Sunday, February 23, 2014

Don’t Push Ukraine to 'Go East or Go West'

Fire is seen at the Independence Square, the main site where protesters had camped, in Kiev, Ukraine, Feb. 19, 2014. [Photo/Xinhua]

 Fire is seen at the Independence Square, the main site where protesters had camped, in Kiev, Ukraine, Feb. 19, 2014. [Photo/Xinhua]

By Ding Xiaoxing / China
Feb 22, 2014 - Bloody clashes flared again in the Ukrainian capital Kiev on Feb. 18 between armed radicals and police. Ukraine’s Health Ministry said 75 people died and hundreds were wounded. This is the most serious bout of violence since Ukraine’s independence. The whole world was shocked. How did the political crisis in Ukraine occur?

Looking back, there are three important time nodes: On Nov. 21, 2013, the Ukrainian government officially announced that it would suspend a landmark trade deal with the EU and opted instead for stronger ties with Russia. Pro-EU Ukrainians began protesting on the streets of the capital. Then Ukraine’s parliament passed a sweeping anti-protest law on Jan. 16, 2014, which has further inflamed the protest movement and the protests have gone violence since then. On Feb. 18, the crisis continued to upgrade, resulting in a large-scale bloodshed. Ukraine was plunged into “national catastrophe.”
Both the Ukrainian leadership and the opposition are to blame for the crisis. The current regime needs to be more cautious about its policy shift. Since Viktor Yanukovych was elected Ukrainian president in 2010, strengthening cooperation with Europe has been a priority of his foreign policy. However, on the eve of signing the landmark political-economic partnership agreement with the EU, the Ukrainian government abruptly suspended preparations for the accord, citing the interests of "national security." And the decision the Ukrainian government made was too subjective. After a month’s protests, the Ukrainian authorities misjudged the situation and thought the Ukrainian opposition would perish soon. However, the anti-protest law has intensified the contradictions. The protests that might be otherwise quieted down escalated abruptly. In addition to its policy incoherence and subjectivity, the Ukrainian government also showed its flabbiness. After the conflicts turned to violence, the Ukrainian authority changed its hard-line stance and has given too much ground to the opposition. The appeasement has finally resulted in the situation going out of control.
The blame also lies with the opposition because it has put the power struggle on top of the national interest and taken violence as an effective means to win. In an effort to find a solution to the nationwide unrest, President Yanukovych accepted the resignation of Prime Minister Mykola Azarov and his cabinet. But the prime minister’s resignation hasn’t satisfied the protesters. The opposition leader refused to work as prime minister. He raised the stake by asking an immediate amendment to the new constitution introduced in 2004 and a snap presidential election. Seeing that peaceful means wouldn’t help them achieve what they want, the protests became violent. Compared with the "Orange Revolution" of 2004, the "street revolution" this time is characterized by violence.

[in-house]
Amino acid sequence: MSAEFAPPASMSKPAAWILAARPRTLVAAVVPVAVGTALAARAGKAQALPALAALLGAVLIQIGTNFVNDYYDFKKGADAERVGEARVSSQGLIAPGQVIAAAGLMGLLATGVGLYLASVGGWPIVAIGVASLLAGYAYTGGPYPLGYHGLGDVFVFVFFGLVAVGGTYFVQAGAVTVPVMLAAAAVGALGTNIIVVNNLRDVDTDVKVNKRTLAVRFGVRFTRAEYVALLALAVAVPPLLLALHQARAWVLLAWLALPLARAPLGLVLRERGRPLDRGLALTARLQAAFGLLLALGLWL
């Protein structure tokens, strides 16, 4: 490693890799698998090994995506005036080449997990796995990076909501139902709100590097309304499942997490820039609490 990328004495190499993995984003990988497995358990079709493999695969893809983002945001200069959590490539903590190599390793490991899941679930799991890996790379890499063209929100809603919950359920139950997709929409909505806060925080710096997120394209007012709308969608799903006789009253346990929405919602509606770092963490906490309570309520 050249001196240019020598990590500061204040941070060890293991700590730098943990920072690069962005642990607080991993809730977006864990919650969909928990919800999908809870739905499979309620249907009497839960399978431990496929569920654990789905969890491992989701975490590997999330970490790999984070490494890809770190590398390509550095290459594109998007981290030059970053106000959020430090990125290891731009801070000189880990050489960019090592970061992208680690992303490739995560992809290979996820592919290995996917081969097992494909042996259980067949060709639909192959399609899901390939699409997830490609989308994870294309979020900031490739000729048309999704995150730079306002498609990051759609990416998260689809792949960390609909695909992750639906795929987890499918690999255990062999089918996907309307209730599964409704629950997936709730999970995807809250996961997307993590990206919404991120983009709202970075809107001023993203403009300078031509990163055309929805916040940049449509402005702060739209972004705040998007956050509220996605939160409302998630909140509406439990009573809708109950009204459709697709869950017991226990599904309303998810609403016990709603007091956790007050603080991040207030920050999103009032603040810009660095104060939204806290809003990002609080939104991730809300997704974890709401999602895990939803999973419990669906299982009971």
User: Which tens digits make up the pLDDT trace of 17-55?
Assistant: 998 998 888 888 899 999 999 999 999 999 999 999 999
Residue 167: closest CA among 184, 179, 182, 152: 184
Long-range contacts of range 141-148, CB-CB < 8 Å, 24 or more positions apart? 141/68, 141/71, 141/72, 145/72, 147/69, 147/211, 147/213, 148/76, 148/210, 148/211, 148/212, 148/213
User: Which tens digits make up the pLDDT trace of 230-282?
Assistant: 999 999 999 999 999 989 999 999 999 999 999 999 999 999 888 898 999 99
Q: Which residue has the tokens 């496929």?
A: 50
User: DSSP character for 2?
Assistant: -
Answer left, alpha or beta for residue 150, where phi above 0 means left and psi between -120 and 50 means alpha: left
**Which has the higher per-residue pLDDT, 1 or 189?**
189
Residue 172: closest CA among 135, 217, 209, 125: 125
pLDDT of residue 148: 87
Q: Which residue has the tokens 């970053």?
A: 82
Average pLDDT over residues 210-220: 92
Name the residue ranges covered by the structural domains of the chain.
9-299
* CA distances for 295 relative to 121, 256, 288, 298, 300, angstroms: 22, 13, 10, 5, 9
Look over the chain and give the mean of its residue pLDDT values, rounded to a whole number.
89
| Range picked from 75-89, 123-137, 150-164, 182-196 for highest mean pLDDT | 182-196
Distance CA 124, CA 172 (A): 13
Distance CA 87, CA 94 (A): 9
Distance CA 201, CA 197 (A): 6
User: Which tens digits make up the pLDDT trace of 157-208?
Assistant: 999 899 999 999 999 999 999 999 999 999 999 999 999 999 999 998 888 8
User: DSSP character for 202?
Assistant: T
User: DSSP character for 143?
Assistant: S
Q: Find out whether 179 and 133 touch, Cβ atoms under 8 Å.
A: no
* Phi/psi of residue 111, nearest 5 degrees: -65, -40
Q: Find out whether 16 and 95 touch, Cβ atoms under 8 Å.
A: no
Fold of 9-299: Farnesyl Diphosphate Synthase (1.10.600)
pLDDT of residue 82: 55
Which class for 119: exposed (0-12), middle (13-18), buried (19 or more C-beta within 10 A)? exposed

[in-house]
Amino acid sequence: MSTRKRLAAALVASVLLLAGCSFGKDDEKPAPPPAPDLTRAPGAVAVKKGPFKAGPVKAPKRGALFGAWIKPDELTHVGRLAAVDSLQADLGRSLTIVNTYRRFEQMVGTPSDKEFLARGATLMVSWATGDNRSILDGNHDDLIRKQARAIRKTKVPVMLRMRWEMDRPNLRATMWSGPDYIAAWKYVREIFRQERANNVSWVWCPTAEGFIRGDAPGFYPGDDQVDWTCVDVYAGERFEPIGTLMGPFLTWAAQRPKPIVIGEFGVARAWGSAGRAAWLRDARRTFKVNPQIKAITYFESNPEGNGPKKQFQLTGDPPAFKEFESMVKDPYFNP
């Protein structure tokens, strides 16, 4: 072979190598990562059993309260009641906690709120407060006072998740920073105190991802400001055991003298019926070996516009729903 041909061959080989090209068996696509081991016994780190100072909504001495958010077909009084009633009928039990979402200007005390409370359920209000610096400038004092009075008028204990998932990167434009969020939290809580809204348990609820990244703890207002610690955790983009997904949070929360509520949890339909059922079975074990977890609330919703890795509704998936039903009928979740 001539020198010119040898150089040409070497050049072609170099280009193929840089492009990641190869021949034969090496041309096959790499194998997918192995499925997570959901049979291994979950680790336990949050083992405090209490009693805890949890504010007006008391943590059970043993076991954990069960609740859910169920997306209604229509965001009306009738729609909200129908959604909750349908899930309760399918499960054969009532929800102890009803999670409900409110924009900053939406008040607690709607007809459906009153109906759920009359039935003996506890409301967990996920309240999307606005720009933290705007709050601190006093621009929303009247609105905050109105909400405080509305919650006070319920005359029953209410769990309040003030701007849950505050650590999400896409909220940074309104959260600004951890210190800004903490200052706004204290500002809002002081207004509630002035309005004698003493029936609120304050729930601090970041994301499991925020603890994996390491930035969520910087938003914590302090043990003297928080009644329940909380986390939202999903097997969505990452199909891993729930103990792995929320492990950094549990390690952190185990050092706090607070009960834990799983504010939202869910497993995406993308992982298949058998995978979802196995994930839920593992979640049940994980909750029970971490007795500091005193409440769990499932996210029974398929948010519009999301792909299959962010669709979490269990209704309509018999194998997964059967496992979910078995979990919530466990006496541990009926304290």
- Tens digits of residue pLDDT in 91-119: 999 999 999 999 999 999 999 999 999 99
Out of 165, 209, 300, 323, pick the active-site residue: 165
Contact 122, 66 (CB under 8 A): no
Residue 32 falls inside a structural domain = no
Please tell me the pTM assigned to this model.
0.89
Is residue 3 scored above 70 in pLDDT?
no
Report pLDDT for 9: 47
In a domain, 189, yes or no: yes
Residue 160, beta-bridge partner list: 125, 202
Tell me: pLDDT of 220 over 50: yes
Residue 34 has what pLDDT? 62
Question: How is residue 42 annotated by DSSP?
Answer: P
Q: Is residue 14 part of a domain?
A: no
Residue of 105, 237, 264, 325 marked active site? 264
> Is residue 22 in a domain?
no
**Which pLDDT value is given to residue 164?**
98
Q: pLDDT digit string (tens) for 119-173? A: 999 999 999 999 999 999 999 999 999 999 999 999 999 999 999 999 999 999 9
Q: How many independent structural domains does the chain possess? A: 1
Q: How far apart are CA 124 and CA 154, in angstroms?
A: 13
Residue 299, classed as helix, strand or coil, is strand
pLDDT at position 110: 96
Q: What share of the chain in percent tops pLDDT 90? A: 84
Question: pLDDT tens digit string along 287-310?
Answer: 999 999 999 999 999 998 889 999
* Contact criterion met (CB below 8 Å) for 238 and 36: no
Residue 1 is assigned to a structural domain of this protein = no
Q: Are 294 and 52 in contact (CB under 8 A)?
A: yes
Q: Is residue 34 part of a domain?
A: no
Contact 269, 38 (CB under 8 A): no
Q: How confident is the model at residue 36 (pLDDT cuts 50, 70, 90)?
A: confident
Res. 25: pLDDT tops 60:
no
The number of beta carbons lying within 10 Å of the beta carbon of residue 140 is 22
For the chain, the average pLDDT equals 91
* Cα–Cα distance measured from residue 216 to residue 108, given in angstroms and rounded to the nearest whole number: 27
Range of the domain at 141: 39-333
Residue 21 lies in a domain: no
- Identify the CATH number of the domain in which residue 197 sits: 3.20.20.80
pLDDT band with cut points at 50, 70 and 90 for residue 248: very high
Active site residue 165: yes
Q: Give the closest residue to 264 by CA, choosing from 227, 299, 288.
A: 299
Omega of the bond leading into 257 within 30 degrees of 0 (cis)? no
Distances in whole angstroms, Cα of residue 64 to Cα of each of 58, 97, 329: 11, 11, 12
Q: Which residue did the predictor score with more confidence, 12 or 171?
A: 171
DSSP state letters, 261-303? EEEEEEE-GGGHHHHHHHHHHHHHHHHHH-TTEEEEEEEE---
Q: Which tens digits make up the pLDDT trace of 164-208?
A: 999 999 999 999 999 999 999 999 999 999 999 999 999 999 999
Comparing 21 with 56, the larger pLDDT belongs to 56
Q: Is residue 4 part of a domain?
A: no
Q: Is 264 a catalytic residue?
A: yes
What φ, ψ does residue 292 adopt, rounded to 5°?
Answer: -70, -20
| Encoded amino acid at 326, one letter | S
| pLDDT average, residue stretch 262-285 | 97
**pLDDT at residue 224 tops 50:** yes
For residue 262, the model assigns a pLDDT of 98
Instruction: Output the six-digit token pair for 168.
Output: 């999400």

The role of the West should not be underestimated during this Ukraine crisis. The main reason that Ukraine suddenly suspended the trade deal with the EU is because the EU refused to provide economic aid to Ukraine. Ukraine believes that it will need US$160 billion in the coming 10 years for adaptation to European standards. However, the EU itself was struggling too and was unable to support Ukraine. After Ukraine suspended the trade deal with the EU, many Western countries began to worry that Ukraine would be incorporated into Russia’s sphere of influence. The EU and Washington have stepped up pressure on the Ukrainian government for an end to the violence.
The United States and the EU intervened as a political crisis in Ukraine turned deadly. U.S. Vice President Joe Biden called Yanukovych several times to urge the government not to declare a state of emergency and work with the opposition. In fact, the United States had been too soft on Ukraine's opposition. Former U.S. Secretary of State Hillary Clinton repeatedly expressed sympathy for the Ukrainian opposition. Such practice undoubtedly encouraged the protesters. The situation has spun further out of control. In any Western countries, the authorities would act to maintain order if similar incidents violence occurred.
Some say that the current crisis in Ukraine is neither a “color revolution,” nor a “national coup.” It has turned out to be a national disaster. The crisis is the most severe test Ukraine has faced since its independence. Ukraine is facing the danger of splitting or suffering a long-term civil war. In this case, the Ukrainian political parties should put aside their private interests and the benefit of the party, and engage in constructive dialogue and negotiation. The international community should refrain from interfering in the internal affairs of Ukraine. Instead of pushing Ukraine to choose from whether to partner with the EU or with Russia, they should create a favorable international environment for the Ukrainian national reconciliation.
The author is a research fellow on Central Asian studies at the China Institute of Contemporary International Relations.

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